Tobacco-Related Deaths in the City of Austin


Each year, tobacco kills more people in Austin/Travis County than opioids, firearms, cocaine, alcohol, motor vehicle accidents, and fires combined.

Tobacco is the number one preventable cause of death in Austin/Travis County, Texas, and the United States.

Tobacco-related deaths in the City of Austin*

Key Statistics:
Age:
  • The average age of death for deaths due to tobacco use occurring in the City of Austin is 71.
Race & Ethnicity:
  1. African-Americans make up 8% of the City of Austin population but 12% of deaths due to tobacco.
  2. Hispanics make up 35% of the City of Austin population but 11% of the deaths due to tobacco.
  3. Asian-Americans make up 6% of the City of Austin population but 1% of deaths due to tobacco.
Gender:
  • Males make up 61% of tobacco-related deaths in Austin.
*Death due to tobacco use is indicated by a checkbox on the death certificate of an individual. Deaths from City of Austin Office of Vital Records are deaths that occur within the city limits.
Note: Population data come from the 2010 U.S. Census. Population values are for single-race categories and Hispanic ethnicity (of any race).
Tobacco-Related Deaths by Age
Distribution of Age at Death
The graph above shows the distribution of ages of individuals who died due to tobacco use in the City of Austin. It is a normal distribution centered around an average of 71. The 95% confidence interval* around the mean is 46 to 96 years. It indicates 95% confidence that the true population mean age of death due to tobacco (in the underlying population from which this sample was drawn) will fall in the interval 46 to 96 years.
Death due to tobacco use is indicated by a checkbox on the death certificate noting "Yes" or "Probably". Individuals may have multiple co-morbidities at the time of death, of which tobacco may have had a direct, additive or multiplicative effect. Tobacco-related morbidity can take decades to develop, thus deaths attributed to tobacco are generally not found among younger individuals.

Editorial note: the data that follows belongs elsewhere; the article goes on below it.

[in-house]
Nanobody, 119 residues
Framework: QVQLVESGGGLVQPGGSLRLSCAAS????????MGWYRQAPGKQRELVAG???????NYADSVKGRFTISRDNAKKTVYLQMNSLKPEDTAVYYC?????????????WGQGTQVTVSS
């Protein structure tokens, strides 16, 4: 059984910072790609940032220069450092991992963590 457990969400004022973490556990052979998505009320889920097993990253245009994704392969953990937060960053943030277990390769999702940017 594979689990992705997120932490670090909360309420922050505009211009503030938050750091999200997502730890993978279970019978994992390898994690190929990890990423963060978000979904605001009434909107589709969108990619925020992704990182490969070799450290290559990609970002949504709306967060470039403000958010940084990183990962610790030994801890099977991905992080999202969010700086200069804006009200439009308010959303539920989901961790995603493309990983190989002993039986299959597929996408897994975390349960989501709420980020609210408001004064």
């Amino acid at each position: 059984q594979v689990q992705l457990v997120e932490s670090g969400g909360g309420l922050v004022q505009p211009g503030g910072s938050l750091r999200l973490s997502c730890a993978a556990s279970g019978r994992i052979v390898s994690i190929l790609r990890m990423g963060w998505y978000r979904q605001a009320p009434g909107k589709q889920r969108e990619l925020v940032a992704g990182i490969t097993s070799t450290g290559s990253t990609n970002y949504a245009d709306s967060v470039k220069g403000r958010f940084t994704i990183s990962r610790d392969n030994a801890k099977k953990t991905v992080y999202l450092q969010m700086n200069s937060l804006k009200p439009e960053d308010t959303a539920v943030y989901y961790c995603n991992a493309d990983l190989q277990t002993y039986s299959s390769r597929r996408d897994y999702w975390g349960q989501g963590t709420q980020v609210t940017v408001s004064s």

*Confidence Intervals: For both continuous and dichotomous variables, the confidence interval estimate (CI) is a range of likely values for the population parameter based on the point estimate, in this case the sample mean age of death, the investigator's desired level of confidence (most commonly 95%) and the sampling variability or the standard error of the point estimate. A 95% confidence interval means that if we were to take 100 different samples and compute a 95% confidence interval for each sample, then approximately 95 of the 100 confidence intervals will contain the true mean value (μ). In practice, however, we select one random sample and generate one confidence interval, which may or may not contain the true mean. The observed interval (in this case 46 to 96) may over- or underestimate μ. Consequently, the 95% CI is the likely range of the true, unknown parameter.

Disparities in Tobacco Deaths

Tobacco-Related Deaths by Race & Ethnicity
Summary:  Non-Hispanic whites make up 76% of all deaths, while non-Hispanic African-Americans make up 12% of all deaths; Hispanics account for 11% of deaths, and non-Hispanic Asians 1%.
Summary:  Non-Hispanic whites make up 76% of all deaths, but 49% of the City of Austin population. African-Americans make up 12% of all deaths but only 8% of the city's population.
Tobacco-Related Deaths by Sex
Summary: 61% of tobacco-related deaths in the City of Austin are to males. There are 1.5 times more tobacco-related deaths among males than among females.
Smoking Prevalence in Travis County
Summary: Smoking prevalence has been decreasing in Travis County since 2011. It decreased from 16.3% of the population in 2011 to 11.1% in 2017. Decreased smoking prevalence can improve long term health outcomes, including reducing tobacco-related morbidity and mortality in a population.
    Austin Public Health - Disease Prevention & Health Promotion
The Disease Prevention and Health Promotion Division of the department focuses on programs to screen for and prevent illnesses and health issues. The Chronic Disease & Injury Prevention unit works to promote health and quality of life and to prevent and control chronic disease within the local community, with a focus on active living, healthy eating, and tobacco-free lifestyles.